Women voters reflect on casting ballot for Clinton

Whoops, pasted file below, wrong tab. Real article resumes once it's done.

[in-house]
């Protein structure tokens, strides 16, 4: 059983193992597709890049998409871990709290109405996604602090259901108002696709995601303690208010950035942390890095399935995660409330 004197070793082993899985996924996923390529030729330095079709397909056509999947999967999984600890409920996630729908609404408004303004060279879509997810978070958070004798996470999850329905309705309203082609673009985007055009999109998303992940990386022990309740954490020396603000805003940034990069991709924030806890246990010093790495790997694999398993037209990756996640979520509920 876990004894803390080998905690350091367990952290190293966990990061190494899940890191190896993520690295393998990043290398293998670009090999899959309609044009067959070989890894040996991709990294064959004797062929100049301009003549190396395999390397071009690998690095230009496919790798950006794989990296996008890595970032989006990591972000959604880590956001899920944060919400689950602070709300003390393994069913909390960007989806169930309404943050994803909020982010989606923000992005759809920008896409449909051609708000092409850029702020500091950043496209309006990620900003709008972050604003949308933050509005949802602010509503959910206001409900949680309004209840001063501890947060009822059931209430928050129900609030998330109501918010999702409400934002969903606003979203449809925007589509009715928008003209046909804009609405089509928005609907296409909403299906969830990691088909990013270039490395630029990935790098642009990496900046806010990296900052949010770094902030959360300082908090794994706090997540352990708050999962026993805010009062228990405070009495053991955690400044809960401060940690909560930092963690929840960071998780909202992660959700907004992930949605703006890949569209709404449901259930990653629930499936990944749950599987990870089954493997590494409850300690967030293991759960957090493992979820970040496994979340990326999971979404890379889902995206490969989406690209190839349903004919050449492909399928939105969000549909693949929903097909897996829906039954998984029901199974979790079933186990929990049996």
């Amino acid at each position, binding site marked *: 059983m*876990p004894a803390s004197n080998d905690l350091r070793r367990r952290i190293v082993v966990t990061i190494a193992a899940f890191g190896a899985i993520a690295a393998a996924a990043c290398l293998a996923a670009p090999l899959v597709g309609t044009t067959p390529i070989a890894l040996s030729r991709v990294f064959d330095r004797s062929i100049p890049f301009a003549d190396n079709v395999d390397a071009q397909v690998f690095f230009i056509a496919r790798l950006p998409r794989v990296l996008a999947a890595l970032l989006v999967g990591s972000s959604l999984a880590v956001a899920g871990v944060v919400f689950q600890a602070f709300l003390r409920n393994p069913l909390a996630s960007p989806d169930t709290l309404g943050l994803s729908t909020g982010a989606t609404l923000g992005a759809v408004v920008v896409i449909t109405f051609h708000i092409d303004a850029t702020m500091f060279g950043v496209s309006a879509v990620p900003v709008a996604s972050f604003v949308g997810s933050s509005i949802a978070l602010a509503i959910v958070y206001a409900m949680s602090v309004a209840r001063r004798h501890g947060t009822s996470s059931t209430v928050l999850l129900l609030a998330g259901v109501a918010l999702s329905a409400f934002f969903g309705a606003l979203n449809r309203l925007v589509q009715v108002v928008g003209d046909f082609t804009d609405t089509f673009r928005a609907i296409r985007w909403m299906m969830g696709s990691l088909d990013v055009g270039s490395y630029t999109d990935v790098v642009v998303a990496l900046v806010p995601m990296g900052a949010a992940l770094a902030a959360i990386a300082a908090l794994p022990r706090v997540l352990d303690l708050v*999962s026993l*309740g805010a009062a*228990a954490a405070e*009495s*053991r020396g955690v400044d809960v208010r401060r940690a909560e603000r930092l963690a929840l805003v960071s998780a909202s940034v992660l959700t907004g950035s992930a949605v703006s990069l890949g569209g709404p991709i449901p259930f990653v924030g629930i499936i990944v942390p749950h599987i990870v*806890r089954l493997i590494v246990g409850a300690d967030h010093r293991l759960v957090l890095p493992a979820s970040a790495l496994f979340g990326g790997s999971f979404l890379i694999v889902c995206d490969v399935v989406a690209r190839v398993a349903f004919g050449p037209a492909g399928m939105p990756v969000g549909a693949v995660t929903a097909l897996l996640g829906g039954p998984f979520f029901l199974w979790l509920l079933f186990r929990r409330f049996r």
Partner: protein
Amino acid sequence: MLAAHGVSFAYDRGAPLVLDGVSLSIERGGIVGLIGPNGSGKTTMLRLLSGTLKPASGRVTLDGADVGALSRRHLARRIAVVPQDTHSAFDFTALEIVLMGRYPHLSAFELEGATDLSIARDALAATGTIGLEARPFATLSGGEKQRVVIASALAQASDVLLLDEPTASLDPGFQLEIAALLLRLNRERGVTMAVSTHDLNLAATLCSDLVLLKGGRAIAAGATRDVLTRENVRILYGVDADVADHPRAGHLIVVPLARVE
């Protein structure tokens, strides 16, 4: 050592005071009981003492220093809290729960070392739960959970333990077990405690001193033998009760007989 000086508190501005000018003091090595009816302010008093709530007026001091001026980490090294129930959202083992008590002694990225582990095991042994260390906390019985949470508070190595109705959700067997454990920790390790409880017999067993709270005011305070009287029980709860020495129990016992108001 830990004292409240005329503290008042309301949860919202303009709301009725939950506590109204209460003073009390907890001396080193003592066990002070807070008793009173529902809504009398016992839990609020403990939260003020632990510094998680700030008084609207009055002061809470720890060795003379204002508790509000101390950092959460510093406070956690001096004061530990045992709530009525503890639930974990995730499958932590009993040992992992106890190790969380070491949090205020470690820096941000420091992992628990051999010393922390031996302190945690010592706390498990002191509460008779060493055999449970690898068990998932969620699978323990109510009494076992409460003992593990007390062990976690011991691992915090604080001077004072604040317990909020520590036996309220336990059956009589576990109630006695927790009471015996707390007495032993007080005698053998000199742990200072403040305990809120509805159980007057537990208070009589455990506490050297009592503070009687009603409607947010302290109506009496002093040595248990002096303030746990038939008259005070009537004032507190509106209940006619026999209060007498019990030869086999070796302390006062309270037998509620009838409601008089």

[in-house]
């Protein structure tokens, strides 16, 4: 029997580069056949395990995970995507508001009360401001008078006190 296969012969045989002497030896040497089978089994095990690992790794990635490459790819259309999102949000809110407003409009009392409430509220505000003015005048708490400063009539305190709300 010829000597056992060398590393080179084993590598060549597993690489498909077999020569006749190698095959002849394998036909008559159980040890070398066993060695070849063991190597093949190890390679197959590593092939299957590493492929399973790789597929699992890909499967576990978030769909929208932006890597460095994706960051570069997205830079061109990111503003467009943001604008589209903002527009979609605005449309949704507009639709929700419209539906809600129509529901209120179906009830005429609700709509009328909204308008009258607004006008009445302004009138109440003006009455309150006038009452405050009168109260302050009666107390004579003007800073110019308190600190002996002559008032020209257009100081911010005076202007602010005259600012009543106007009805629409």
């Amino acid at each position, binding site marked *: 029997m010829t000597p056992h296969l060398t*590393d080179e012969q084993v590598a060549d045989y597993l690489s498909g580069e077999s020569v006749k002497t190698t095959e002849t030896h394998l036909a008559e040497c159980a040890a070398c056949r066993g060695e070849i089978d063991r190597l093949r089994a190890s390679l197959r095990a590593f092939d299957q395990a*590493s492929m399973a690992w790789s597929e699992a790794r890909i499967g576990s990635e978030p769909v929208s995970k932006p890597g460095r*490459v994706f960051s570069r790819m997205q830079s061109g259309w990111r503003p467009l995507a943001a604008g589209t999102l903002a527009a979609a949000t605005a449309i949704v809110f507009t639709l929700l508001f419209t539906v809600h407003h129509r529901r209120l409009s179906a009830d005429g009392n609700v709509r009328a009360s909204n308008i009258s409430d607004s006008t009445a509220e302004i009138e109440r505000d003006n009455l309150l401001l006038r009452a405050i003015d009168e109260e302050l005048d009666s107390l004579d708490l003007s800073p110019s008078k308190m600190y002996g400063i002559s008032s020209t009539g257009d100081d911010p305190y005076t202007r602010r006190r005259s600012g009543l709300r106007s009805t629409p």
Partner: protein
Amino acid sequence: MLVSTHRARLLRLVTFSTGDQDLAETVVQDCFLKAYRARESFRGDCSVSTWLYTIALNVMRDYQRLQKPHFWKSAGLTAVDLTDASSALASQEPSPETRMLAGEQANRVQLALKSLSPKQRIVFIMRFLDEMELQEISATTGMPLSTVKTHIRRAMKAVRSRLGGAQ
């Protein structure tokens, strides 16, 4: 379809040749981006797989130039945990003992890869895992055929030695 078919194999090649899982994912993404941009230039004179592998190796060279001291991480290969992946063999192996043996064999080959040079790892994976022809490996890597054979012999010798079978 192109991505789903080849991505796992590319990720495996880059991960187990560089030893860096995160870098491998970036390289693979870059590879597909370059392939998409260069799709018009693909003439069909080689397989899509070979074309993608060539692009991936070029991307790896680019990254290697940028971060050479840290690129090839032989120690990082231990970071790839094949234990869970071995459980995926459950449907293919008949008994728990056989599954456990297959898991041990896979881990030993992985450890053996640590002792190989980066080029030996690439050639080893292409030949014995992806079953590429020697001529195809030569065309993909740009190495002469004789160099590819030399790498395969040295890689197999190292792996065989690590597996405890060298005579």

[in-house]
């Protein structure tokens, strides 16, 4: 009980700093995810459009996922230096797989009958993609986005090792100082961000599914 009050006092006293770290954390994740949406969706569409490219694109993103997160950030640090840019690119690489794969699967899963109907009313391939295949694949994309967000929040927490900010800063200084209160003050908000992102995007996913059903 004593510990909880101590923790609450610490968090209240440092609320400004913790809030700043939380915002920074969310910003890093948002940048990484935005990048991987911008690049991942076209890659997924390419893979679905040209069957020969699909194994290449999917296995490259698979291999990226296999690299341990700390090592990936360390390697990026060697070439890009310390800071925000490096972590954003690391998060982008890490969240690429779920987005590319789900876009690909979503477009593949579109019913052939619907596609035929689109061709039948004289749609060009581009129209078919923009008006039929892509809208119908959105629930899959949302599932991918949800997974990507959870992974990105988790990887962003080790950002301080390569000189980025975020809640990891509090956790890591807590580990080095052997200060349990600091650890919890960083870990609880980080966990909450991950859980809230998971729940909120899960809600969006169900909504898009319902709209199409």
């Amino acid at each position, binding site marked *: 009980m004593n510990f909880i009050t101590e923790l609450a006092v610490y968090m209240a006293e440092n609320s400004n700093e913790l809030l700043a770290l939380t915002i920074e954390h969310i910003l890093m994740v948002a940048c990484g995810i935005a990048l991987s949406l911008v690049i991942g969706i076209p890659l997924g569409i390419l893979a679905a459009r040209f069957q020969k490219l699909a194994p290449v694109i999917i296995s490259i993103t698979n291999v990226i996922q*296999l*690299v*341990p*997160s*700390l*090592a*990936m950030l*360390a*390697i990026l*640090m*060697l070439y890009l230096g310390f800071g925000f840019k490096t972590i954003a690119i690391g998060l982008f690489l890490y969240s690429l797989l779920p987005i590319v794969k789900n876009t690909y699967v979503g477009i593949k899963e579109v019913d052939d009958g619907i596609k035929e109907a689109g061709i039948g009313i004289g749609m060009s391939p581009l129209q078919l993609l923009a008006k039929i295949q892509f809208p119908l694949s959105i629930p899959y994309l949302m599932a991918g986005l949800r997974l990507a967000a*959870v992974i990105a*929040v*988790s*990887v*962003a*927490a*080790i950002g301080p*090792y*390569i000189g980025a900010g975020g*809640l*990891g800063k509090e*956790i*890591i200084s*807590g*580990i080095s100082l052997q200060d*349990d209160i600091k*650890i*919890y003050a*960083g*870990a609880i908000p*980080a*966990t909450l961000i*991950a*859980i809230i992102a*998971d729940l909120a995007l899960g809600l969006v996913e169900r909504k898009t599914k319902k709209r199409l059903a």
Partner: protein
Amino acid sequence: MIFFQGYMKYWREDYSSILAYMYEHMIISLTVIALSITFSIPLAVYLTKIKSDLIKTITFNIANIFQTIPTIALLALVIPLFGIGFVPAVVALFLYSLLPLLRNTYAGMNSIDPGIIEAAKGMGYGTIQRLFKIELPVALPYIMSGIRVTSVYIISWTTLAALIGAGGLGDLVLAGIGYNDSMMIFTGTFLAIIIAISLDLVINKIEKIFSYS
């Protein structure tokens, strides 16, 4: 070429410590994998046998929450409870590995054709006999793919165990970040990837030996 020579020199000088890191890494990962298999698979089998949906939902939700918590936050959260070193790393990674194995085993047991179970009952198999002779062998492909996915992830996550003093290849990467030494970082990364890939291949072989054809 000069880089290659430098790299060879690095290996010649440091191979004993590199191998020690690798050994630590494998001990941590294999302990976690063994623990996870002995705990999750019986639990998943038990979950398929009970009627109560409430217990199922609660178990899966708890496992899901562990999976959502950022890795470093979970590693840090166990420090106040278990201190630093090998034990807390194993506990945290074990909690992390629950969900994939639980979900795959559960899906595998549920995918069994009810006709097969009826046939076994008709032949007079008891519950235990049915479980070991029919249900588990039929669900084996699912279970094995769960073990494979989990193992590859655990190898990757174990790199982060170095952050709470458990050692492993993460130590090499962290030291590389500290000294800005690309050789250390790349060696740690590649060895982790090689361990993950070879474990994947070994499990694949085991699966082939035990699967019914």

first_imgFacebook Linkedin TCU steps up efforts to promote financial literacy with new additions to Money Week Twitter + posts Update: No forced entry in TCC student’s homicide Ryder Buttry Ryder Buttryhttps://www.tcu360.com/author/ryder-buttry/ Grains to grocery: One bread maker brings together farmers and artisans at locally-sourced store Ryder Buttryhttps://www.tcu360.com/author/ryder-buttry/ printTarrant County Democrats gathered at the Stagecoach Ballroom for an election watch party, not knowing how the night would end, but certain that either candidate would be one unlike any previous president.The night ended in victory for President-elect Donald Trump, the first to enter the Oval Office with no military or political experience, but that didn’t take away from the significance of a woman at the top of the ticket.Create your own infographicsMany ladies were excited to cast their first vote for a female presidential nominee, Hillary Clinton.A moment they’d been waiting for their entire lives.Ruby Faye Woolridge, a retired educator and minister, said she felt the moment was special because she had waited too long.“I am so excited,” Woolridge said. “I’ve been waiting on this forever because I feel like it’s long overdue.”Other women echoed her sentiment.Pauline Gasca-Valenciano, a retired social worker, is the last woman in Tarrant County alive to have voted for President John F. Kennedy. She said she worked her whole life to see a woman this close to the presidency.“We have worked so hard for this, and very faithful and dedicated, and it’s long overdue,” Gasca-Valenciano said.[View the story “Women on Twitter react to Clinton’s loss” on Storify]Although the women came from very diverse backgrounds, they all had concerns about a Trump presidency.Nancy Bean, a candidate for District 93 state representative, said she originally planned to move to Canada where she has family but was reminded by her daughter to stay here and make a change.“My daughter said ‘No mom, we have to stay to be on the front lines of the revolution.’” said Bean.Sally Ortega Haynes, a human resource manager, said the thought of Trump as president scared her.“Oh my gosh…The thought of a Trump presidency is absolutely frightening to me,” Haynes said.Despite a Clinton win or loss, Lynn Johnson, a previous executive director of the Tarrant County Democratic Party, said women need to be better represented in government.“I think we simply need more women all over our government, because, you know women have waited now a hundred years for this event, just since getting to vote,” Johnson said.Although Clinton did not win, she still made history as the first woman to be a major party presidential nominee.During her concession speech, Clinton spoke to all the young women who felt discouraged after her loss.“To all the young girls who are watching this, never doubt you that you are valuable and powerful and deserving of every chance and opportunity in the world to pursue and achieve your dreams,” Clinton said. ReddIt Abortion access threatened as restrictive bills make their way through Texas Legislature ReddIt Twitter Ryder Buttryhttps://www.tcu360.com/author/ryder-buttry/ Ryder Buttryhttps://www.tcu360.com/author/ryder-buttry/ Linkedin SGA holds student memorial to honor lives of four students Previous articleCultured Podcast 12-08-16Next articleStudent mural unveiling December 10th at Ramey Market Ryder Buttry RELATED ARTICLESMORE FROM AUTHOR Facebook Fort Worth businessman donates full first-year tuition for TCU medical school students Fort Worth set to elect first new mayor in 10 years Saturdaylast_img

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